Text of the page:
8. Welcome to the 47th Community Convergence. We had a very successful trip to PDC this year. In this post

  9. Artazor says:

    It would be a nice transition between dynamic and static programming – if we could write an external explicit implementations of interfaces (something like adapters) that is to separate the implementation of interfaces from the class definition itself. For example:

    class CrazyDuck {

       public void LoudQuack() {…}

       protected void ShutUp() {…}


    interface IDuck {

       void Quack();


    implementation CrazyDuck:IDuck {

       void Quack() {

            try {


            } cathc(TooLoudException ex) {

                 ShutUp(); // yes, here we should be able to use it!





    After such implementation CrazyDuck class instances should become assignable to IDuck variables. Also I’d propose such a keyword as "interfaceof" that should extract the interface (all public methods, events and properties) of given class. For example:

    class Tiger: interface of Cat {



    or even

    implementation Tiger: interfaceof Cat {



    this would eliminate a need in corresponing type of refactoring. Also it can be useful to use some constructions for functionality delegation to subitems (like in VB)

    It seems to me that this kind of typing would be more consistent than ordinary duck typing.

  10. Steve Cooper says:

    @Daniel Earwicker

    "it is in fact largely possible to implement a terse syntax for making dynamic calls in the current C# language"

    The example you give makes runtime calls to statically-typed object. It isn’t a call to a dynamic object.

  11. Yes! Add Duck typing into the framework for dynamic types.

  12. Today, let’s geek out about the language design regarding the dynamic type. Type in the language vs.

  13. cburrows says:

    There is no addition to the language that will give you a conversion from some dynamic object to an interface type that it does not actually implement, although you could implement them yourself as Artazor has done. In fact, if you view dynamic as an interop feature, doing this isn’t a bad idea at all.

    Conversions to interfaces are special in the C# language in such a way that would preclude any particular dynamic object from providing these conversions itself, as well.

    I’ll think more about what it means to do this and what we can provide for you, though. Thanks!

  14. curth says:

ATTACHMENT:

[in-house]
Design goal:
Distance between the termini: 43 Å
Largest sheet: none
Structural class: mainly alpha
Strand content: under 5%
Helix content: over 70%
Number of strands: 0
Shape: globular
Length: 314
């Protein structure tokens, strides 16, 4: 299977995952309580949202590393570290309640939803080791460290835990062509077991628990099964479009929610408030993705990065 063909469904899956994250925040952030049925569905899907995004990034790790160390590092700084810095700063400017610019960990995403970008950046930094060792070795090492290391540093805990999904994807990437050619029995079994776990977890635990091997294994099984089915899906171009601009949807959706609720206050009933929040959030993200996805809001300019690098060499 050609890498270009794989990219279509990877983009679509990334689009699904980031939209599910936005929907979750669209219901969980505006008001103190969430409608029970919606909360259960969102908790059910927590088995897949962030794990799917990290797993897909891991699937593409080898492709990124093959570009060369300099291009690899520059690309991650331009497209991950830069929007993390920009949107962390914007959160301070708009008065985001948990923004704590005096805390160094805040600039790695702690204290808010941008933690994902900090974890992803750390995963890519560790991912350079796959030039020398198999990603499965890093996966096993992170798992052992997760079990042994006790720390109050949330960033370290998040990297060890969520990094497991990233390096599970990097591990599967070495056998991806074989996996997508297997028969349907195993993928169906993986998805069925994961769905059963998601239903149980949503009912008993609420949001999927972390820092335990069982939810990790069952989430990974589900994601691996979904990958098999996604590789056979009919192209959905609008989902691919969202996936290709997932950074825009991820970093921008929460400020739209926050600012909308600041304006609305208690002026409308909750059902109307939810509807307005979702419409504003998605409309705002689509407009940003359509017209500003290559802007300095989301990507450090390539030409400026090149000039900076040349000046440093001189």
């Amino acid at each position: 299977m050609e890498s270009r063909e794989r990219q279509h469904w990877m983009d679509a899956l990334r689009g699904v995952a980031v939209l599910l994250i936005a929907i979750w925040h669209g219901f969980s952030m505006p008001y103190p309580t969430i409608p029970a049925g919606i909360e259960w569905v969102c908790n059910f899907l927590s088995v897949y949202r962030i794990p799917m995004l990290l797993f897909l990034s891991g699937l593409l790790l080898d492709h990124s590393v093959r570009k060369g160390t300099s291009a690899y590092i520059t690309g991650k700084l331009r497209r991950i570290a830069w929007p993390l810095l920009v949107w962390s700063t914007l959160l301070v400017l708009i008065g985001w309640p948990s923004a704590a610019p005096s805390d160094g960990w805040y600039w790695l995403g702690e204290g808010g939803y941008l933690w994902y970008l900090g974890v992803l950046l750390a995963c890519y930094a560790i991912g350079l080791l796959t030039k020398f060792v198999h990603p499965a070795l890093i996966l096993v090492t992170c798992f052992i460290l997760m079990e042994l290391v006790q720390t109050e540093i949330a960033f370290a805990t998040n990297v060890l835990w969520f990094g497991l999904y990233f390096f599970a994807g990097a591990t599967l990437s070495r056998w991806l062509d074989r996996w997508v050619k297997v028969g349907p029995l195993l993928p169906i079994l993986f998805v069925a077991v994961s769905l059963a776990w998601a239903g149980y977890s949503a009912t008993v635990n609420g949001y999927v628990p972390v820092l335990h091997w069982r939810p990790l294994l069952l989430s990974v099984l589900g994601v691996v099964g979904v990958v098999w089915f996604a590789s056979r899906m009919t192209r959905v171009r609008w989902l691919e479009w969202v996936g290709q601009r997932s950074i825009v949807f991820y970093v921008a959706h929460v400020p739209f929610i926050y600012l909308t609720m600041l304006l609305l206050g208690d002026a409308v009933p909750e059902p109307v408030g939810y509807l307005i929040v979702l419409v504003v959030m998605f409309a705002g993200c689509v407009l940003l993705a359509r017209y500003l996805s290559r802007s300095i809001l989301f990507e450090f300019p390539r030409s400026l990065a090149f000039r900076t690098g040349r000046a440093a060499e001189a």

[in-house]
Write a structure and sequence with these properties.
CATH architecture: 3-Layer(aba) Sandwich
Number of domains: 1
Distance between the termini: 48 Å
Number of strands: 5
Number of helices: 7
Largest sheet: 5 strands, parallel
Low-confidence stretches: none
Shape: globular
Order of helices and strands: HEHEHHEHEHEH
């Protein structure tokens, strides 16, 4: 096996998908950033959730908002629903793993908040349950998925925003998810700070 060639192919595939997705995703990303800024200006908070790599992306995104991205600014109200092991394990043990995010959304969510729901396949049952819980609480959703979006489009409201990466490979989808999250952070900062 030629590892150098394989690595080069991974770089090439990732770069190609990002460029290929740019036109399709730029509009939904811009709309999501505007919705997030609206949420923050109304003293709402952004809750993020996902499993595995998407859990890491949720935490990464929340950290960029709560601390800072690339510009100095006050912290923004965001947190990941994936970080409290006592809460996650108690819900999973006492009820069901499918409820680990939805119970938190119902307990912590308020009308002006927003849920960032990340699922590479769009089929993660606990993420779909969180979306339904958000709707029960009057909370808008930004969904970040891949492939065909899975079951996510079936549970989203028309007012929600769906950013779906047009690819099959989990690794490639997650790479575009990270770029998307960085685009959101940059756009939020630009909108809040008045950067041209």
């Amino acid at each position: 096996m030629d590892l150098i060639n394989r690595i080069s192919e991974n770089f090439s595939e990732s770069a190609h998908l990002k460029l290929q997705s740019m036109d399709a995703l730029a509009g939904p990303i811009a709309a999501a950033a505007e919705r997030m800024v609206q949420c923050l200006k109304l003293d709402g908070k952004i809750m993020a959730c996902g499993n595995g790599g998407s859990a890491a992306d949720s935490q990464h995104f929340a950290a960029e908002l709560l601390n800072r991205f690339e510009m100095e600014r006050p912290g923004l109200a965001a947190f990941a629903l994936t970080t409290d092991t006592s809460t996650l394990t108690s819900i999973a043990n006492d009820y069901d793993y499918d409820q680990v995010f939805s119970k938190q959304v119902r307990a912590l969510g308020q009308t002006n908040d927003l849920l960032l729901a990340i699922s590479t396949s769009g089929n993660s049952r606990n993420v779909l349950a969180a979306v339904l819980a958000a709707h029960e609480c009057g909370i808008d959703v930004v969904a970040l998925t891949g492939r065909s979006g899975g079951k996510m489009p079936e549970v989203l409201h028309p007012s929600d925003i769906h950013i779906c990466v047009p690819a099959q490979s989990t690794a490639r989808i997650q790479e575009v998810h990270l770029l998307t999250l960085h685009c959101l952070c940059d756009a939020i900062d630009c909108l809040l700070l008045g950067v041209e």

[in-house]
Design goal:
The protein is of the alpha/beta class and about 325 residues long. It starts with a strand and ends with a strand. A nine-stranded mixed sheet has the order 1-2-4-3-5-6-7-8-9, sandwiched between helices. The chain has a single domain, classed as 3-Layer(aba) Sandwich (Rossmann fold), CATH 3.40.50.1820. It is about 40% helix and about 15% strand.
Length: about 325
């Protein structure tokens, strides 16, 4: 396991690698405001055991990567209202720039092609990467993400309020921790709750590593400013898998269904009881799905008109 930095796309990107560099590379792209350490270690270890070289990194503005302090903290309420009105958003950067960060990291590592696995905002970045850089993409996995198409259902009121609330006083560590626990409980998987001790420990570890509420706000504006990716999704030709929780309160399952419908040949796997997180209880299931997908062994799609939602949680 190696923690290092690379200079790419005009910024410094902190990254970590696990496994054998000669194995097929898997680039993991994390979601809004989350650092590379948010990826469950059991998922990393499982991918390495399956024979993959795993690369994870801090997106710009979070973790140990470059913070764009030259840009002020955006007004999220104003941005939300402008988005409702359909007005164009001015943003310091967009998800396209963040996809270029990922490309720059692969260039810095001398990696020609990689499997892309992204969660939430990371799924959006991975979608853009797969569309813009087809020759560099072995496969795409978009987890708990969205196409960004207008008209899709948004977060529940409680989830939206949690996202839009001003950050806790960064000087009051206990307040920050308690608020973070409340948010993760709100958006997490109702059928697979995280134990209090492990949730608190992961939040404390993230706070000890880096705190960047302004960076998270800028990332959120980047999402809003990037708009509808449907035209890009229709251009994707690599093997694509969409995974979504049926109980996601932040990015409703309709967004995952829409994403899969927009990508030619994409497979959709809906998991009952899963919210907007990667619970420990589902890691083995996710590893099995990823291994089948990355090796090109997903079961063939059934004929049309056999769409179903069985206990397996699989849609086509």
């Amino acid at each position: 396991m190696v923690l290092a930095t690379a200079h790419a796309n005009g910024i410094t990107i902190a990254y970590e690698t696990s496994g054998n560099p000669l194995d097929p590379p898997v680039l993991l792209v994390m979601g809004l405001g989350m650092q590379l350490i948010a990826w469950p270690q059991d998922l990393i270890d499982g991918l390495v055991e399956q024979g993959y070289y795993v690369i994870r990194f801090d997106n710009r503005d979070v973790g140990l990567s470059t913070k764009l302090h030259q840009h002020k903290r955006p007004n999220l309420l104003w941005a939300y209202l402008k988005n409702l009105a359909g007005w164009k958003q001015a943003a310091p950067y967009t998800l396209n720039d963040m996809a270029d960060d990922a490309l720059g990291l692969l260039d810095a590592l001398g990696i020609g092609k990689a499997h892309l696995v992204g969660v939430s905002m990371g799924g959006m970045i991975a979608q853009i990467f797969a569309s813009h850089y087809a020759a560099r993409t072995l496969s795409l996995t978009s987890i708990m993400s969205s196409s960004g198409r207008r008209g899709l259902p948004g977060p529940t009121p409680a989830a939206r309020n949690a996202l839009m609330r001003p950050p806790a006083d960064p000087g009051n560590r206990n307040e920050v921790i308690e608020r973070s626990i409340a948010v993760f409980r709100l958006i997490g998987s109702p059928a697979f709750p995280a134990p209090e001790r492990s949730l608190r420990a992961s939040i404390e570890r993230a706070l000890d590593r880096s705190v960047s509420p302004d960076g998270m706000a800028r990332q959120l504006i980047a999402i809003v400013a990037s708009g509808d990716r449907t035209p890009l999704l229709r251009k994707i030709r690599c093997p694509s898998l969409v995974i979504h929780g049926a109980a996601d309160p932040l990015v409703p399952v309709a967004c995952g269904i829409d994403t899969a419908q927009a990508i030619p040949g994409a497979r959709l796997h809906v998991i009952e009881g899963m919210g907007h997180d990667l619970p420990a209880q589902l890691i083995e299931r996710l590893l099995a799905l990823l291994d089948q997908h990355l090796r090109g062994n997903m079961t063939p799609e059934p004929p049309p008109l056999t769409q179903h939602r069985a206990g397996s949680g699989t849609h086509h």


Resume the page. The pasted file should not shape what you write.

I posted a link to a version of the DynamicObject class that will work with the CTP.  It’s at http://blogs.msdn.com/curth/archive/2008/11/07/dynamicobject.aspx

  15. Let’s look at this: dynamic d = null ; object o = d; // not an implicit conversion Last time , I said

  16. Daniel Earwicker says:

    @Steve Cooper

    "The example you give makes runtime calls to statically-typed object. It isn’t a call to a dynamic object."

    The example I give happens to use reflection to make calls to CLR types in its implementation. But it could use the DLR to call dynamic objects, or IDispatch to call COM objects, etc. etc. It could also figure out which of these to use dynamically. The point I’m making is about how the calling code looks: very close to direct method calls, with no need to add further language features.

  17. Or you could just program in Smalltalk. The question is whether your dynamic program will be wonderfully simple, as in Smalltalk, or abusively complex, as in C#.

    It is very interesting to watch the evolution of C# as it recapitulates Lisp and Smalltalk. Language and cultural features that have been around for 30 or 40 years or more, and absorbed a lot of crap from the mainstream cognoscienti for being useless, are now showing up as new and cool. If you really want to see cool, look at and use the originals. They’re much better. This assumption that any real programming language has to a) look like C and b) be strongly typed is something we really need to get over.

  18. Steve Cooper says:

    @Steven T Abell  

    I could never get on with dynamic languages. A good, strongly-typed compiler speeds my up my development no end. Your mileage may vary, but I’ve tried dynamic languages and I’ve found them slower to develop for, and harder to maintain large programs in.

    I think you should keep an eye on C# — the C# team are clearly all mad for advanced, statically-type functional languages like Haskell and ML, and features just keep cropping up. Where languages like Python and Ruby owe their lineage to lisp and smalltalk, C# is, well, the bastard child of Java and ML. And ML is gaining.

    For example, ML-style type inference has made explicit type annotations optional inside C# function bodies. Everything can be declared ‘var’ and nonetheless be strongly typed;

       var i = 0;

       var str = "my string";

       var obj = new Object();

    Lambdas are also nicely integrated, and again use type inference;

       var squares = naturalNumbers.map(i => i * i);

    The equivalent lisp is both more verbose and less typesafe;

       (defparameter squares (map ((lambda i) (* i i)) natural-numbers))

    @Daniel Earwicker

    You’re right — your version could be updated to call DLR or COM objects happily.

  19. @Steve Cooper

    My mileage does vary. The approach differs, the design differs, the debugging differs, and type errors really aren’t a problem very often in good Smalltalk or Lisp. My aversion to type specification is not due to an unwillingness to type, and I understand what can be done with signature matching. I also understand how many problems that are solved by strong typing are caused by strong typing. I prefer languages whose design intent is simple and clear, as opposed to languages that are bags of features. To each his own.

  20. We left off last time with this piece of code public class C { public static void M( int i) { } public

  21. Very good resources for the coming version… Sam Ng Dynamic in C# Part One Dynamic in C# Part Two Chris

  22. It has been a while since I posted anything here, and I have the same excuse everyone else does. Work,